I began gathering items from my stash to see what I already had. I remembered that these little houses were also used when someone was ill, or going to school in town, etc., so that could affect what was inside.  Also, if people lived there through the week, too, that would also influence what I could put outside, as well, like flower beds or a garden plot or whatever.  And, of course, there needed to be a well and an outhouse ....

Fortunately, several pieces of BPF worked perfectly for the time frame. The original Sunday Houses for the most part had fireplaces, but for space purposes I decided to use a BPF iron stove in the kitchen. Also, the original upstairs sleeping lofts were for the children, with a bed for the parents downstairs. Because this house is so small, I couldn't work it out with the bed in the same room as the kitchen, so decided that in this German family there would be two beds upstairs, with the adults still agile enough to climb the stairs. lol

Here is a picture taken looking inside through a window in Fredericksburg. I wanted to duplicate those beds. The original real Sunday house I saw there at the museum had a bed in the main room, and the ceiling was lower on the sleeping loft.  This little house, I realized now, has a higher ceiling and a regular bed will fit up there, so that makes it easier to rethink how I am furnishing the main room.

Here is my version of Papa and Mama's bed, using a little brass bed that has been in my stash since probably the early 80s. I had that material in my stash.

The heavy extra covering and matching pillow are actually made from a paper cocktail napkin! Here is a page on using paper as fabric.

Children usually slept in pallets on the floor in these tiny dwellings, and the second bed visible through the window suggested to me that it might be one for a grandmother so I made it extra plump and cozy.

The linens on this bed are made of Kleenex tissue. To form the feather bed, I glued two tissues together around the edges and placed a very thin layer of fiberfill on top, then turned them right side out. I used my iron to press the edges a bit.

I followed the same procedure for the long pillow cases, but they have a real lace edging. The quilt and pillow cover are also made of paper and were in my stash, probably from a swap or as a tote bag gift. I wish I knew who had done them. I refolded and shaped the quilt, gluing it into a natural look. I also reshaped the pillow by putting glue on the back and while still damp pressing the edges down.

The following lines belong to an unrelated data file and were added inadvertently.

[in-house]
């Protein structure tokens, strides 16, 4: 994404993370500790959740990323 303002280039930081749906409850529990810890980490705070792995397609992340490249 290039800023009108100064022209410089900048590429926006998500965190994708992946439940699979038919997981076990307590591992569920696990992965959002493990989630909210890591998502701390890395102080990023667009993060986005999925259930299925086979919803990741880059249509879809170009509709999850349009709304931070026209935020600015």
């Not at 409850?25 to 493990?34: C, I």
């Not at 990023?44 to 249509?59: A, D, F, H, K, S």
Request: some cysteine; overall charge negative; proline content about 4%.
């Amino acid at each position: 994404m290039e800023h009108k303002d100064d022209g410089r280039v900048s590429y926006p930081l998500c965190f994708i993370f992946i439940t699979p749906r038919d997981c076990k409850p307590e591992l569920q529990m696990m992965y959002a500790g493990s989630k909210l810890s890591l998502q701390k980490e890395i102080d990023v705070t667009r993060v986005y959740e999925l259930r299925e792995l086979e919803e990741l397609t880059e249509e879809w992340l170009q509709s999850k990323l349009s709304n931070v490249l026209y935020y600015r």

Here is a replica of a real bedroom in Fredericksburg with a glimpse of its brass bed on the left, and the washstand in the center of the window that I wanted to duplicate as much as possible. (I made a shaving mirror like this one but it got lost somewhere as I worked on the last stages of the house.)

I was working on these furnishings after the Christmas holidays and noticed a Christmas napkin. Impulsively I opened it out to examine each section to see if there was a print I might use.

The white section on the back of this paper napkin reminded me of the white huck towels my grandmother had and I needed some for both my washstands. It worked beautifully to duplicate their texture.

Here I have added the towels (more are in the downstairs washstand) to the bedroom table in progress. The wide lace trim, popular among the Germans in that area, is laser paper lace actually glued to a piece of Kleenex, which is the right scale and weight. That's a BPF bowl.


I have now added the matching pitcher, which I have painted with roses, along with Mama's Bible and a small oil lamp.

Later I added a ladies' face cream jar and the waste water jar underneath when I was doing final touches on the house.

It took a while, deciding what accessories I needed to fit the historical period and then figuring out how to make them. (This is the base of my lamp to the left of my work tray.) Since there were no closets, my house's occupants needed some storage, so I considered a version of a German "shrunk" (which turned out to be too big for the space). Certainly trunks were used and fortunately I had three in my stash.

I also knew they used to hang things on pegs on the walls and spent considerable time making hats and tiny bonnets, and faking coats and other clothing articles that would be hanging on individual pegs or on a wall peg rack. I lost a couple of bonnets and scarves that were originally hanging here ...

This wonderful quilt rack with its birdhouse and plant was in my stash. Unfortunately, I can't recall whether it was a swap or a purchase. If anyone knows who it was made by, please contact me.